Dinosaurs,  Europe,  Parks & museums,  Travel

The Bernissart Dinosaurs

The dinosaurs of the Royal Belgian Institute of Natural Sciences

Miss M is only 3, but she LOVES dinosaurs. She knows more facts about dinosaurs than most children her age and many older children as well. When a recent study showed that children, who are interested in dinosaurs, are generally more intelligent, our suspicions were confirmed.

We like to encourage her learning. While in Brussels, we took the opportunity to visit the Royal Belgian Institute of Natural Sciencesand the Bernissart dinosaurs.

An underrecognised gem

I have visited many dinosaur museums, including the Natural History Museum in London and the Museum for Naturkunde in Berlin. While they are all fantastic, I don’t feel that the Belgian dinosaurs get the recognition and accolades they deserve. The Belgian exhibit is not nearly as crowded as the London Museum, but it has just as many dinosaurs. CNN awarded the museum third place in its ranking of top dinosaur museums, behind Berlin and the Field Museum in Chicago. I was not surprised. Miss M definitely gave it her seal of approval.

Getting there

A word to the wise: Parking is a nightmare! The museum is on a narrow residential street: only one car can pass when other cars are parked. Parking at the museum itself is also very limited. So, be prepared to park further away and walk. Or catch public transport.

We ended up parking on the other side of the European Parliament building, so we got to see that, too.

The main attraction: the Bernissart dinosaurs

A Bernissart Iguanodon
One of the impressive Iguanodons

The museum has an impressive number of dinosaur fossils, the most famous of which are the Bernissart Iguanodons. More than thirty relatively complete iguanodon fossils were discovered in a coal mine in the town of Bernissart in 1878. The coal made them much darker than typical fossils.

Child's eye view of a Bernissart Iguanodons
Taken from within the ‘tunnel’

Experts originally mounted the skeletons in one of the local churches – it was the only place that was large enough. Unfortunately, at that stage, the experts believed that the Iguanodons walked on their two hind legs. Further research has shown that they actually walk on all fours. The fossils are now too fragile for their position to be changed, so many of them are shown ‘upright’.

Eight of the Bernissart Iguanodons are on full display. They are housed in a glass ‘cube’, complete with a ‘tunnel’, which lets visitors view the specimens up close from all angles. More Iguanodon fossils are shown in their original positions in the mine. The number on display indicates the impressiveness of the find.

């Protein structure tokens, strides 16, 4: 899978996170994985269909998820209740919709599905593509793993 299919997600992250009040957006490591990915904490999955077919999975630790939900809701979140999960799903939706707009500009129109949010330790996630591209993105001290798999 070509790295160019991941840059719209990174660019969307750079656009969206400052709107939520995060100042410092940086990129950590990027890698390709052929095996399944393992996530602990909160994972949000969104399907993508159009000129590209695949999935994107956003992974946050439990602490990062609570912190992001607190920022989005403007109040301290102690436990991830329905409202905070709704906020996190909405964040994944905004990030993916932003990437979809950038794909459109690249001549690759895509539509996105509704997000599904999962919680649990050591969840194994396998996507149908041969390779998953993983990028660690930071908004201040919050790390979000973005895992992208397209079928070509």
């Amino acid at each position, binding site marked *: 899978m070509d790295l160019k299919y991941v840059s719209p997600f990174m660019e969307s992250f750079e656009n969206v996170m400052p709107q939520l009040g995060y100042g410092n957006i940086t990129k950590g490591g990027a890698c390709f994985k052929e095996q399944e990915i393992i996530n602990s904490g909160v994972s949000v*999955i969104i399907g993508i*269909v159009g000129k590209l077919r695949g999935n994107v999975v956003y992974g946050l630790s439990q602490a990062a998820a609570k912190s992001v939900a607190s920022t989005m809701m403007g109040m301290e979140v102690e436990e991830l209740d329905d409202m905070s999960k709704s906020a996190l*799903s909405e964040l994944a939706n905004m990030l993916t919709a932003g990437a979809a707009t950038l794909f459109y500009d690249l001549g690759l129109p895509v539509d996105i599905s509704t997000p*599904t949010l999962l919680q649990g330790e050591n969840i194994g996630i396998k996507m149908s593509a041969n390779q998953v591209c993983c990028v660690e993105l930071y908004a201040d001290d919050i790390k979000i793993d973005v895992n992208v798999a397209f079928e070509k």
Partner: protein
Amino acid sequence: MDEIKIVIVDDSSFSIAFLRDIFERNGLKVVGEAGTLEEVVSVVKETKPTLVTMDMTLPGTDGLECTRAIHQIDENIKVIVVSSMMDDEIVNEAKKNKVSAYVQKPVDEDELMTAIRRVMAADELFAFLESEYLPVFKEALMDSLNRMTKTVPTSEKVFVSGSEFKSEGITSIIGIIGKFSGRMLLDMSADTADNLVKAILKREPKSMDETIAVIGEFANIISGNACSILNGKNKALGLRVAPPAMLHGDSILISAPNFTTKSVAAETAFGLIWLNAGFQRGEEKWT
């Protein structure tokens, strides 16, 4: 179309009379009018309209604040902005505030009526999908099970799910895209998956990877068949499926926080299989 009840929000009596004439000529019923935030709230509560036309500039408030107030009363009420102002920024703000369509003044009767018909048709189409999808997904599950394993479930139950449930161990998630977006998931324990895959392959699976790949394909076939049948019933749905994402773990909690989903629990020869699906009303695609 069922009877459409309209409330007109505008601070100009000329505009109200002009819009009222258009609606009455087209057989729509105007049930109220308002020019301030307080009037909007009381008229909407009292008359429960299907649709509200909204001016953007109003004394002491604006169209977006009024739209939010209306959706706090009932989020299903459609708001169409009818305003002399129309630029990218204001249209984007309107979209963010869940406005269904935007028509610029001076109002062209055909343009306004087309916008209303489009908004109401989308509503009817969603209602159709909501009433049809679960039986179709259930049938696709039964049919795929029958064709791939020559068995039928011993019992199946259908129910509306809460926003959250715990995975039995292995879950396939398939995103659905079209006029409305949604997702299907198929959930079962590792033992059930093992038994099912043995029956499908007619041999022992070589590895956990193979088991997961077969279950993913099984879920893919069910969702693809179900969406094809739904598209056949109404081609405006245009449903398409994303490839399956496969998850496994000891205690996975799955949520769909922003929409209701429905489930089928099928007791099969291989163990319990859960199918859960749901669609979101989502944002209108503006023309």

Impressive display of the Bernissart dinosaurs
The Bernissart Iguanodons inside the glass ‘cube’

More dinosaurs

Of course, the Iguanodons aren’t the only dinosaurs on display in the dinosaur hall. There is a T-Rex skeleton called Stan and “Ben” the Plateosaurus, which look remarkably similar apart from the “spikes” on Ben’s head. There is also a Stegosaurus, a Triceratops, a Diplodocus, a Maiasaurus and a Dimetrodon. Various leg bones and skulls are also displayed. The Parasaurolophus skull, which demonstrates the sound they made, was one of Miss M’s favourites.

Stegosaurus fossils
The Stegosaurus (and a tip of Diplodocus tail)

Engaging

The curators have done much to make the exhibition interactive and engaging for kids. Numerous monitors throughout the exhibition show videos of experts explaining something about certain fossils, digs etc. Many of these also showcase some of the research being done by the paleontologists associated with the museum.

The CGI pachycephhlosaurus was a hit with most children. A a motion-sensor let them guide what the little dinosaur did – dance, jump, head-butt the camera.

Miss M made a beeline for the little archaeologists’ pit. This is a glorified sandpit, where children could use brushes to find ‘fossils’.  I think she spent the first 20 minutes with her bottom in the air and head down, digging.

kids dig site
Sample archaeologists site, with kids dig site at the top

Language barrier?

All of the information and videos are in three languages : English, French and Dutch (Flemish). Typically Brussels, a number of languages were being spoken around us during our trip. It is not a museum just for Belgians. Clearly, ‘dinosaur’ is a universal language.

Fun for adults?

I must admit, I have always like dinosaurs. There is something fascinating about the amount of information we can learn just from their fossils. When the dinosaur gallery reopened in 2007, while I was living in Brussels, of course I visited. Still, no one had to twist my arm to get me to go. This visit, I was interested to see what our daughter would think.

The dinosaur hall is not just for kids. Both the size of the hall and the number of artifacts is impressive. It is supposedly the largest hall in the world that houses just dinosaurs. The building, at least the dinosaur wing, is gorgeous with its ironwork, is just gorgeous. The juxtaposition of the original architecture and modern glass ‘cube’ is great for adults to look at too.

I think our family would give it six thumbs up (which, of course, is the maximum).

(Please note: these views are all my own. I was not paid anything in any form for this post. I am not well known nor could I ever be referred to as an ‘influencer’. We paid the normal entrance price for our tickets, like all other visitors).

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